Friday, October 04, 2019

oats and beans

This morning, I read an opinion piece in the NYT about the difficult task of deciding where the family pet should live following a divorce. It isn't meant to be a lighthearted piece, but since the other news of the day is always so grim, I thought it offered at least mild comic relief. With this type of story, I always enjoy reading the selected readers comments. More chuckles followed.

I'm no stranger to divorce nor to pets. I well remember that when our family broke up -- kids were off on their own, on the east coast, their dad moved to Chicago, I stayed in Madison, in an apartment that did not allow pets -- no one was in a good position to take on the care of the family dog. I placed him in foster care, with a woman who loved him to pieces. It was to be temporary, until I could get my housing situation in order, but after a year, it became clear that Ollie was better off with his adoring, stay-at-home foster mom than with the old working full-time and frequently traveling primary caregiver (me). Ollie lived out his last years being coddled and loved. That fateful Autumn of 14 years ago was full of compromises and acknowledgements of our shortcomings. I think we all navigated the mine strewn field of separation pretty well, ending up in a good place in the end. I'm sure Ollie would agree.

Afterwards, I vowed never to have pets again. (I also told myself I would not live with anyone again -- you see how that turned out!)

When Ed wheedled me into letting his cat to hang out with us in the farmhouse (it took many years), I knew that I acquiesced only because we were dealing with a geriatric pet that was very attached to Ed. That I really was not a cat person and would never be a cat person. That once this cat passed away, I would never again let a cat crawl over me on the couch or worse, at night, in our too small bed.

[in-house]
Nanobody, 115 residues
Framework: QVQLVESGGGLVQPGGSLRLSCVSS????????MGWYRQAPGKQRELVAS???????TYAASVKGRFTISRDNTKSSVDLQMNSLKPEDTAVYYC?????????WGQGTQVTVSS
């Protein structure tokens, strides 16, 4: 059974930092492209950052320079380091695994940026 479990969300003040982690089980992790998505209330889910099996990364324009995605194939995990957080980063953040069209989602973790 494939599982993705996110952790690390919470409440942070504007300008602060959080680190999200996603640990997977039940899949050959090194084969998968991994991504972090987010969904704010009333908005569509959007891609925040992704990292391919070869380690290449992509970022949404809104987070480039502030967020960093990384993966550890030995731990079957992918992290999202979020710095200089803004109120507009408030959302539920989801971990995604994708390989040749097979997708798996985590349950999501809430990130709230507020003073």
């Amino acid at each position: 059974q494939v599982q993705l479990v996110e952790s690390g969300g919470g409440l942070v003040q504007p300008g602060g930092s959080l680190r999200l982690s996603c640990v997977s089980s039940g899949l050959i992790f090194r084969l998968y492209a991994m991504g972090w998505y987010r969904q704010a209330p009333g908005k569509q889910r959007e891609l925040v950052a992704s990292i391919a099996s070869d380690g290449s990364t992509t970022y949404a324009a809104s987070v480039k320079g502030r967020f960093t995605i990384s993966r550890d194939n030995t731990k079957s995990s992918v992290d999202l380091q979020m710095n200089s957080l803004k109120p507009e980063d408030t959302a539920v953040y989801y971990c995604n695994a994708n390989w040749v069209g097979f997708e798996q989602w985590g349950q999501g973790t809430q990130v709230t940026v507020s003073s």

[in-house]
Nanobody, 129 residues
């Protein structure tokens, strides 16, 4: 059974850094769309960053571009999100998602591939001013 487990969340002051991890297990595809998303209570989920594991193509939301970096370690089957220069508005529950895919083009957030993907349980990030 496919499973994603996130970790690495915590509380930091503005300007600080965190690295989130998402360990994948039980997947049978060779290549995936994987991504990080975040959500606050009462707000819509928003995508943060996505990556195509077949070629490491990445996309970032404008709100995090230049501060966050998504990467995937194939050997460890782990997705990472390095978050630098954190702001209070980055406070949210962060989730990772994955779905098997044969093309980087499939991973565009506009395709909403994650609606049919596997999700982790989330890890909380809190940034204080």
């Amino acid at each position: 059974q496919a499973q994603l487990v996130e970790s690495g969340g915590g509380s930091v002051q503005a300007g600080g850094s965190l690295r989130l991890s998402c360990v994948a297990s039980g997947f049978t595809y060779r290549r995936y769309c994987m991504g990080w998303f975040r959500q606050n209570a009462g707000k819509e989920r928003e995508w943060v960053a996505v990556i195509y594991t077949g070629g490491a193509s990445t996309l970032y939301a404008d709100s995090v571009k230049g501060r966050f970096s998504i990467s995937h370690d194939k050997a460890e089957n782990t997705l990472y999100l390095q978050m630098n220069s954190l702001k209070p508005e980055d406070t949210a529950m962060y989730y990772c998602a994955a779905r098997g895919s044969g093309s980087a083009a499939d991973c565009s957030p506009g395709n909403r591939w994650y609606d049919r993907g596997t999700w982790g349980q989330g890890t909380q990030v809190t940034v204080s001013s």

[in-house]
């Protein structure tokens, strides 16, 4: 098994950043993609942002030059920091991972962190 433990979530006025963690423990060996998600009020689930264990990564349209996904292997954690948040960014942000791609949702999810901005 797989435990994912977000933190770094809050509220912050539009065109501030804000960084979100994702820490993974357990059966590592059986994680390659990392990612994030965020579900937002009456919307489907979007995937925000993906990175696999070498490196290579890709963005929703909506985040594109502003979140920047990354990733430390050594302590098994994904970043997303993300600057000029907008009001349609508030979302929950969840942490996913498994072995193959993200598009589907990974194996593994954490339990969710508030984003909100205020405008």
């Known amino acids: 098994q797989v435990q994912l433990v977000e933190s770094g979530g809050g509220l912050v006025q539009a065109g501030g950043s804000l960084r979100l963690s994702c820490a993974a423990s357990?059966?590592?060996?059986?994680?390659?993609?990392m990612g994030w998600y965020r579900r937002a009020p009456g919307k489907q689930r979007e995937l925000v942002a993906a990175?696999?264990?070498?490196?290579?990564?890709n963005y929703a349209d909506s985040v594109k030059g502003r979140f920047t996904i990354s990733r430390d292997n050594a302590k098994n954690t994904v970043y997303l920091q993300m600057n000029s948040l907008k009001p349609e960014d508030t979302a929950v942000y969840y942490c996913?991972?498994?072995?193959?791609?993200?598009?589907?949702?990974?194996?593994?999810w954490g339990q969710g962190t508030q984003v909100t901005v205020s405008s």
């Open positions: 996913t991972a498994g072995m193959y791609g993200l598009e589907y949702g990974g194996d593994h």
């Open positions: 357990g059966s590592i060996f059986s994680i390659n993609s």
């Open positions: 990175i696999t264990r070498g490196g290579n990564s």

And now here we are, with 9.5 cats living at the farmette (though outdoors!), being fed by me in the mornings, by Ed in the evenings, growing at times friendlier, at other times still skittish, with winter fast approaching and memories still lingering of last January and February when the thermometer dipped to horrible temperatures of -20F (about -30C) for days on end.

Ed and I have reviewed all options: leave them as they are and hope for the best. (No!) Set up little igloos in the garage, with or without heating pads. (But what about predators? We had coyotes visiting frequently last winter! Indeed, we lost one of the cats living here!) Bring them into the heated sheep shed.

After many discussions and in imagining all possible consequences, we decided to launch a training program, whereby we would slowly introduce the herd to the sheep shed.

We were to start on October 1. We got off to a terrible beginning! Stop Sign (the Brunhilda of all cats!) showed up that first day of the month and as always, she made the rest of the cats feel jumpy and suspicious. Then there was the morning of the butchered rabbit. No one was hungry. I began to think that we were slated to set up cat igloos on a cold garage floor.

I prop the door open to go outside.  The air is especially nippy. As I step out, I feel that first slap of a prewinter wind. And now I am spinning again: do I really want to subject these cats to a season of frostbite? I look toward the garage: a handful is there, snuggled on a ratty old quilt.

It's now or never.